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Zoo won’t release ‘world’s saddest gorilla’ for less than $780,000


Animal advocates are fighting to see the “world’s saddest gorilla” released from captivity.

Thai authorities have failed to release an aging gorilla that has been kept in a zoo atop a high-rise shopping mall for 33 years, with the owner refusing to sell the animal for less than $780,000.

Bua Noi, whose name means ‘little lotus’ – a symbol of purity and strength in some cultures – arrived at Bangkok’s Pata Mall in 1990 when he was just one year old and has been locked away ever since. a filthy enclosure.

The Thai government, animal rights group PETA and even pop singer Cher have been begging Bua Noi’s keeper to release the animal since 2015, hoping she will die peacefully with other gorillas.

However, the owner of Pata Zoo reportedly told Thai Environment Minister Varawut Silpa-archa that he would only release Bua Noi for 30 million Thai baht, or about $782,000.

Thanetpol Thanaboonyawat, the secretary to the minister of natural resources and environment, said last week that the ministry had organized charity fundraising events but failed to raise enough funds to meet the landlord’s demands.

The gorilla has spent more than 30 years in a cage at Pata Zoo on the seventh floor of a shopping mall in Bangkok, Thailand.
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Activists have been trying to free the animals since 2015.
Activists have been trying to free the animals since 2015.
NurPhoto via Getty Images

“We have organized activities in the past to campaign for the release of Bua Noi and to raise funds. We collected donations from Bua Noi supporters. But the problem is that the owner refuses to sell Bua Noi. When he agrees to sell it, the price is too high,” Thanaboonyawat told ViralPress.

Thanaboonyawat explained that Bua Noi is considered private property, so there is nothing they can do to remove it. Her owner bought her for three million baht from Germany when she was one year old.

“The owner bought Bua Noi before laws were introduced to prevent the trade and ownership of endangered animals and wild animals,” he explained.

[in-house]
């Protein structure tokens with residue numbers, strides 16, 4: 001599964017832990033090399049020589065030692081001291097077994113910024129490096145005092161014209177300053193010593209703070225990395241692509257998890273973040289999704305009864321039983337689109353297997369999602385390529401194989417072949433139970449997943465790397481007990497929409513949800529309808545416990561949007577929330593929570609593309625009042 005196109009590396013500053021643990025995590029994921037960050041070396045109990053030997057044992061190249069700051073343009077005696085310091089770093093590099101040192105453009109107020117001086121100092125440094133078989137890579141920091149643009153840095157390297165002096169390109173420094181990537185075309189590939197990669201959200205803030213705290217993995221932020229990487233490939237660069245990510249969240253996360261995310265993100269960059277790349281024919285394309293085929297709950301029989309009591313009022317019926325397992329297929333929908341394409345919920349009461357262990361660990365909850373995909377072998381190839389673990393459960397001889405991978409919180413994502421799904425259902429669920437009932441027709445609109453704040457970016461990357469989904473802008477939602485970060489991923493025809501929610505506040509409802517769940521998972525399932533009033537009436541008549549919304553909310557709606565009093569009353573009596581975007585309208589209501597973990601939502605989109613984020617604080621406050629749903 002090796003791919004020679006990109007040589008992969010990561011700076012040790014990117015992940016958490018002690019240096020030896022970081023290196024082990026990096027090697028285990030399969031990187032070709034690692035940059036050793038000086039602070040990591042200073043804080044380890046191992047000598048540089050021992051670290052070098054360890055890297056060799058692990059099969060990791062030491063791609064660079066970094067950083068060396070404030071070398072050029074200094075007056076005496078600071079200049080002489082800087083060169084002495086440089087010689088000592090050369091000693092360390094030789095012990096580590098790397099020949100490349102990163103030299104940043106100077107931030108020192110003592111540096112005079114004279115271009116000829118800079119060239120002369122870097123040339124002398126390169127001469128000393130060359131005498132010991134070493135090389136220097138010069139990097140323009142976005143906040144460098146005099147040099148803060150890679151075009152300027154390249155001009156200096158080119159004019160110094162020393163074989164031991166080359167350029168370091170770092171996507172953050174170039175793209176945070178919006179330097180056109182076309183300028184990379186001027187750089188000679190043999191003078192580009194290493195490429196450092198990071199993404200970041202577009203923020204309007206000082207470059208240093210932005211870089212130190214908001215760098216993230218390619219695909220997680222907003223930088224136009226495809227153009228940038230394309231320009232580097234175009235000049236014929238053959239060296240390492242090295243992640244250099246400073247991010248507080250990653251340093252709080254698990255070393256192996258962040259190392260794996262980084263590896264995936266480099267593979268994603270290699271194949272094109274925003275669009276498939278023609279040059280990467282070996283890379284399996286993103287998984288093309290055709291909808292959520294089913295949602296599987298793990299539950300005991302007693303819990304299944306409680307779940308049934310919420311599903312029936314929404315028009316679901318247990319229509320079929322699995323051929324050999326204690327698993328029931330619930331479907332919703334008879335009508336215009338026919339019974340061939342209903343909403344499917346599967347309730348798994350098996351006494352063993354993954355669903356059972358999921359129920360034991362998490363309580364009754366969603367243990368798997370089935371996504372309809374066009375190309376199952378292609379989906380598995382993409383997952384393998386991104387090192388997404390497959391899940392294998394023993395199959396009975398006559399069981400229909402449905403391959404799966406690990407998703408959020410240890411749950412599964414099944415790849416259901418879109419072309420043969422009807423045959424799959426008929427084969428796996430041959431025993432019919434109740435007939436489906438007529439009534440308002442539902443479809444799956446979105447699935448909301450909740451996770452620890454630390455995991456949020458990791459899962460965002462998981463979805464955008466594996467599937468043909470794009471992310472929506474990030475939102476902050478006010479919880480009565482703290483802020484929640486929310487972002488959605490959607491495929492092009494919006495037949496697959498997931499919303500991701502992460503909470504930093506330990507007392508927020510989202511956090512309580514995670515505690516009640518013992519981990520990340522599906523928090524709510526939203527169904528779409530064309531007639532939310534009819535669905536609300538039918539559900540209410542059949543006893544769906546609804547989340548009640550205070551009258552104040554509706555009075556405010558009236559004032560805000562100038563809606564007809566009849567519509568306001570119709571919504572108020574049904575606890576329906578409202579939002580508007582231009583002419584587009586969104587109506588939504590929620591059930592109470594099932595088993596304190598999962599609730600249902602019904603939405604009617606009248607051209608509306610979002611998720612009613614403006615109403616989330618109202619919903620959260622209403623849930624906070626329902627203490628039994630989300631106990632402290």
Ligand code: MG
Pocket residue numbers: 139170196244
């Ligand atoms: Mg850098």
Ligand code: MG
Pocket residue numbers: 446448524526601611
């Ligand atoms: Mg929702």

Healthy gorillas generally have a lifespan of between 35 and 40 years.

The owner says that Bua Noi is not sad and that's just her face.
The owner says that Bua Noi is not sad and that’s just her face.
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The dilapidated zoo was previously ordered to close in 2015 by officials from the Department of National Parks, Wildlife and Plants after it was discovered that it lacked the proper documentation. The zoo eventually reopened and kept the gorilla.

According to PETA Senior Vice President Jason Baker, the conditions in which Bua Noi lives are “horrific and cruel”, adding that the animal suffers from “extreme psychological distress”.

“This seedy facility is internationally condemned as one of the world’s worst zoos,” he said. “I urge everyone to keep the pressure on Pata Zoo and demand that they let PETA help remove these animals to reputable sanctuaries that would meet their physical and mental needs.”

A zoo spokesperson denied that there were “negotiations to sell Bua Noi with anyone or with agencies”.

“The current team of Pata Pinklao department store managers has been in charge of management since August 28, 2020,” they said. “The aging gorilla has spent his life at the zoo and has become accustomed to this environment and a disease-free place for over 30 years.”

Zoo director Kanit Sermsirimongkol maintains that there is “no problem” with the animals living in the rooftop zoo and that Bua Noi’s sad look – which many attribute to his living conditions – is no is that his “natural facial expression”.

The owner of Pata Zoo reportedly told Thailand's Environment Minister Varawut Silpa-archa that he would sell the gorilla for $780,000.
The owner of Pata Zoo reportedly told Thailand’s Environment Minister Varawut Silpa-archa that he would sell the gorilla for $780,000.
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“Before the opening, we consulted zoologists and veterinarians and selected only the animals that were suitable for the zoo. And they were treated well,” he said.

“The criticism does not concern me because we know it better. These people saw her picture on the internet and think she is depressed. But that’s how she looks like humans – some have a sad face and some have a happy face,” he insisted.

“We took care of Bua Noi like our own daughter,” he continued. “I know we’ll have to find a suitable new home for her one day, but it’s not a good idea to immediately release her into the wild without teaching her to survive on her own.”

New York Post

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